columbine


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col·um·bine

 (kŏl′əm-bīn′)
n.
Any of various perennial herbs of the genus Aquilegia in the buttercup family, native to northern temperate regions and cultivated for their showy, variously colored flowers that have petals with long hollow spurs. Also called aquilegia.

[Middle English, from Medieval Latin columbīna, from feminine of Latin columbīnus, dovelike (from the resemblance of the inverted flower to a cluster of doves), from columba, dove.]

columbine

(ˈkɒləmˌbaɪn)
n
(Plants) any plant of the ranunculaceous genus Aquilegia, having purple, blue, yellow, or red flowers with five spurred petals. Also called: aquilegia
[C13: from Medieval Latin columbīna herba dovelike plant, from Latin columbīnus dovelike, from the resemblance of the flower to a group of doves]

columbine

(ˈkɒləmˌbaɪn)
adj
(Animals) of, relating to, or resembling a dove
[C14: from Old French colombin, from Latin columbīnus dovelike, from columba dove]

Columbine

(ˈkɒləmˌbaɪn)
n
1. (Theatre) (originally) the character of a servant girl in commedia dell'arte
2. (Theatre) (later) the sweetheart of Harlequin in English pantomime

col•um•bine

(ˈkɒl əmˌbaɪn)

n.
1. a plant, Aquilegia caerula, of the buttercup family, having showy flowers with white to blue sepals that form long, backward spurs.
2. any of various other plants of the genus Aquilegia, having showy flowers of various colors.
[1275–1325; Middle English < Medieval Latin columbīna (herba) dovelike (plant)]

Col•um•bine

(ˈkɒl əmˌbaɪn)

n.
a female character in commedia dell'arte and pantomime: sweetheart of Harlequin.
ThesaurusAntonymsRelated WordsSynonymsLegend:
Noun1.columbine - a plant of the genus Aquilegia having irregular showy spurred flowerscolumbine - a plant of the genus Aquilegia having irregular showy spurred flowers; north temperate regions especially mountains
flower - a plant cultivated for its blooms or blossoms
genus Aquilegia - columbine
Aquilegia canadensis, meeting house, honeysuckle - columbine of eastern North America having long-spurred red flowers
Aquilegia caerulea, Aquilegia scopulorum calcarea, blue columbine - columbine of the Rocky Mountains having long-spurred blue flowers
Aquilegia vulgaris, granny's bonnets - common European columbine having variously colored (white or blue to purple or red) short-spurred flowers; naturalized in United States
Translations
akeleie

Columbine

[ˈkɒləmbaɪn] NColumbina

columbine

[ˈkɒləmbaɪn] Naguileña f

columbine

n (Bot) → Akelei f

columbine

[ˈkɒləmˌbaɪn] naquilegia
References in classic literature ?
Why couldn't we have a proper old English pantomime-- clown, columbine, and so on.
The columbine looked charming in an outstanding skirt that strangely resembled the large lamp-shade in the drawing-room.
They rushed on to the now curtained stage, breaking rudely past the columbine and clown (who seemed whispering quite contentedly), and Father Brown bent over the prostrate comic policeman.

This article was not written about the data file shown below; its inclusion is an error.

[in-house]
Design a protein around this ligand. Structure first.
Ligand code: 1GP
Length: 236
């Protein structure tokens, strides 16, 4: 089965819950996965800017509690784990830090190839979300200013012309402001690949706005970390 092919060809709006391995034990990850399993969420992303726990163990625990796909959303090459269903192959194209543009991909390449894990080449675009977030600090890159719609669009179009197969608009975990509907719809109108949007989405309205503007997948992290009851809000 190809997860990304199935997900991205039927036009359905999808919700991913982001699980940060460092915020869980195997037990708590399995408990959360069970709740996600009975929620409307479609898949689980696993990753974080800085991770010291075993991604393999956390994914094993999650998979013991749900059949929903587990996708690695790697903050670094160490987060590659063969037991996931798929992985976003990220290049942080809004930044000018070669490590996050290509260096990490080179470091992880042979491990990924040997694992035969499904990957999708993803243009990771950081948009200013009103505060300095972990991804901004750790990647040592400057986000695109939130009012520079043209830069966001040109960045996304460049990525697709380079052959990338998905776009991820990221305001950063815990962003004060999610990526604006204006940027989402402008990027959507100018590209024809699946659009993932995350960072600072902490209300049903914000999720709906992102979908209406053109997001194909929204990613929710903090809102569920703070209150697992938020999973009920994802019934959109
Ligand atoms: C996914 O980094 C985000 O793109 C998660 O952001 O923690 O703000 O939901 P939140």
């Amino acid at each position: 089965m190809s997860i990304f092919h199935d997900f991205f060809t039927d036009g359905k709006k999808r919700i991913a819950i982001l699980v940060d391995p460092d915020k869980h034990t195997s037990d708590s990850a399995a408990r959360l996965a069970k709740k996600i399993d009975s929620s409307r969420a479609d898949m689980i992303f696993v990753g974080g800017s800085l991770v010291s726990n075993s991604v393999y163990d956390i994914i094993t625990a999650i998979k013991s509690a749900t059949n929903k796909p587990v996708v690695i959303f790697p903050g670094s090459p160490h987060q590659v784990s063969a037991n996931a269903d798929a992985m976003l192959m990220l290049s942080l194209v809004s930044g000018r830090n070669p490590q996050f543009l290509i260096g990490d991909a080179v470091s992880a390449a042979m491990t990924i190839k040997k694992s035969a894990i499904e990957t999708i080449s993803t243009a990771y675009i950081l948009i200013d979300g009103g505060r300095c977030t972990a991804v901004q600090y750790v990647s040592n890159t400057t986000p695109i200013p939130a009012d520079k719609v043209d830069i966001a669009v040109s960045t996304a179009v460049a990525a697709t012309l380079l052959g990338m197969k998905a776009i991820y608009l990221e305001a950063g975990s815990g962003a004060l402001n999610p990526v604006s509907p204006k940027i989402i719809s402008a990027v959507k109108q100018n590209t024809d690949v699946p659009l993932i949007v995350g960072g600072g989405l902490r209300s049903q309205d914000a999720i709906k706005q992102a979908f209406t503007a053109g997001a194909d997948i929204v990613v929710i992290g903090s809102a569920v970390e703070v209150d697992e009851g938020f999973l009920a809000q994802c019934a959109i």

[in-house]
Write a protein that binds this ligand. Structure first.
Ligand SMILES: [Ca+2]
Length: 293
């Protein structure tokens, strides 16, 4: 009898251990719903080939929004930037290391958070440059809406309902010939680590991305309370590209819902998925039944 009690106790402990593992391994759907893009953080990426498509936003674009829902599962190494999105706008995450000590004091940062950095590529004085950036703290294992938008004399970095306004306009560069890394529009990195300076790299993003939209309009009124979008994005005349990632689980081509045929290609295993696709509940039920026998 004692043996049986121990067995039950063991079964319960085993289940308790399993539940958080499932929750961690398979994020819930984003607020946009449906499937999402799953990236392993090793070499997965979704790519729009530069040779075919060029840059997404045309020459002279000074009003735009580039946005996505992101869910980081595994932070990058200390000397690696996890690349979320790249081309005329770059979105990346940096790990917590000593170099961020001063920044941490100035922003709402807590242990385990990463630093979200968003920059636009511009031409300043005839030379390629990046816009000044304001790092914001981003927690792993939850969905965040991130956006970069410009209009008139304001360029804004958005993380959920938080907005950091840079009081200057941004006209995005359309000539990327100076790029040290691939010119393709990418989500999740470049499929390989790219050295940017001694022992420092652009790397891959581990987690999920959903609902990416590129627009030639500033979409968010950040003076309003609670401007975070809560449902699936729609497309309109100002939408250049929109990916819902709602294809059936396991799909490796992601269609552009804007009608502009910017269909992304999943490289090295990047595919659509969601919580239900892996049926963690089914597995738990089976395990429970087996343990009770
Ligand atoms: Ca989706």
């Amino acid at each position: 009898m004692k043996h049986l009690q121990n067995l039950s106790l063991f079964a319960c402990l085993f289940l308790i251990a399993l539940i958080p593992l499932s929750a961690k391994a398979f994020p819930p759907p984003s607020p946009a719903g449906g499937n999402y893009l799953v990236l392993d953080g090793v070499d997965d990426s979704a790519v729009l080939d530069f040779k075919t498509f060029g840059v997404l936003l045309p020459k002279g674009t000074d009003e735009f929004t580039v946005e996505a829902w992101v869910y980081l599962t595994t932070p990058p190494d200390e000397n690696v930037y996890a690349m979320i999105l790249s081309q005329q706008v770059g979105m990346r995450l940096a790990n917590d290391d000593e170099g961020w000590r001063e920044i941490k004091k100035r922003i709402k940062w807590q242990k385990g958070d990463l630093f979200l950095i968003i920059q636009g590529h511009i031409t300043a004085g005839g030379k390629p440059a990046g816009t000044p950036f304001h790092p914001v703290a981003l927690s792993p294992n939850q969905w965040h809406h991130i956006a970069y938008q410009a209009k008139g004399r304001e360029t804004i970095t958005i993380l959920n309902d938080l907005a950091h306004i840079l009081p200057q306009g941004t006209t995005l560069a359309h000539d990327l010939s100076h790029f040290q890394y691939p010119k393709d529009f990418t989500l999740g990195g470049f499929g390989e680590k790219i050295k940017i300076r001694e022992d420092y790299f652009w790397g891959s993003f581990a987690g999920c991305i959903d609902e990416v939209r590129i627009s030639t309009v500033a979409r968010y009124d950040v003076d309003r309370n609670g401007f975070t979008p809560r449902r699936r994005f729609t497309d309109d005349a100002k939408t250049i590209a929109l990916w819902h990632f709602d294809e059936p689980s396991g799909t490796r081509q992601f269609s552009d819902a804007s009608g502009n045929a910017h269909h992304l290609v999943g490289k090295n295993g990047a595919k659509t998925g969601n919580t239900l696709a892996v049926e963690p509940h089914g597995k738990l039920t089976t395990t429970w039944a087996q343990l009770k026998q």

He also told us that the pantaloon's name was old Joey, and the columbine's Josy, and the harlequin's Joeykin.
"I couldna' say that there name," he said, pointing to one under which was written "Aquilegia," "but us calls that a columbine, an' that there one it's a snapdragon and they both grow wild in hedges, but these is garden ones an' they're bigger an' grander.
He was at the gate when I came out, a-leanin' up agin the railings, and a-singin' at the pitch o' his lungs about Columbine's New-fangled Banner, or some such stuff.
In May and June come pinks of all sorts, specially the blushpink; roses of all kinds, except the musk, which comes later; honeysuckles; strawberries; bugloss; columbine; the French marigold, flos Africanus; cherry-tree in fruit; ribes; figs in fruit; rasps; vineflowers; lavender in flowers; the sweet satyrian, with the white flower; herba muscaria; lilium convallium; the apple-tree in blossom.
Columbine and Ladysmock, Marjoram and Wild Basil, the Cowslip and the Flower-de-luce, the Daffodil and the Clove-Pink bloomed or blossomed in their proper order as the months went by, one flower taking another flower's place, so that there were always beautiful things to look at, and pleasant odours to smell.
As to Harlequin and Columbine, I discovered immediately that they lodged (they are always looking after lodgings in a pantomime) at a very small clockmaker's one story high, near the hotel; which, in addition to various symbols and devices, almost covering the whole front, had a great dial hanging out - to be jumped through, of course.
She set herself, therefore, to gathering violets and wood-anemones, and some scarlet columbines that she found growing in the crevice of a high rock.
There were rosy bleeding-hearts and great splendid crimson peonies; white, fragrant narcissi and thorny, sweet Scotch roses; pink and blue and white columbines and lilac-tinted Bouncing Bets; clumps of southernwood and ribbon grass and mint; purple Adam-and-Eve, daffodils, and masses of sweet clover white with its delicate, fragrant, feathery sprays; scarlet lightning that shot its fiery lances over prim white musk-flowers; a garden it was where sunshine lingered and bees hummed, and winds, beguiled into loitering, purred and rustled.
The giant poppies I had planted out in them in April have either died off or remained quite small, and so have the columbines; here and there a delphinium droops unwillingly, and that is all.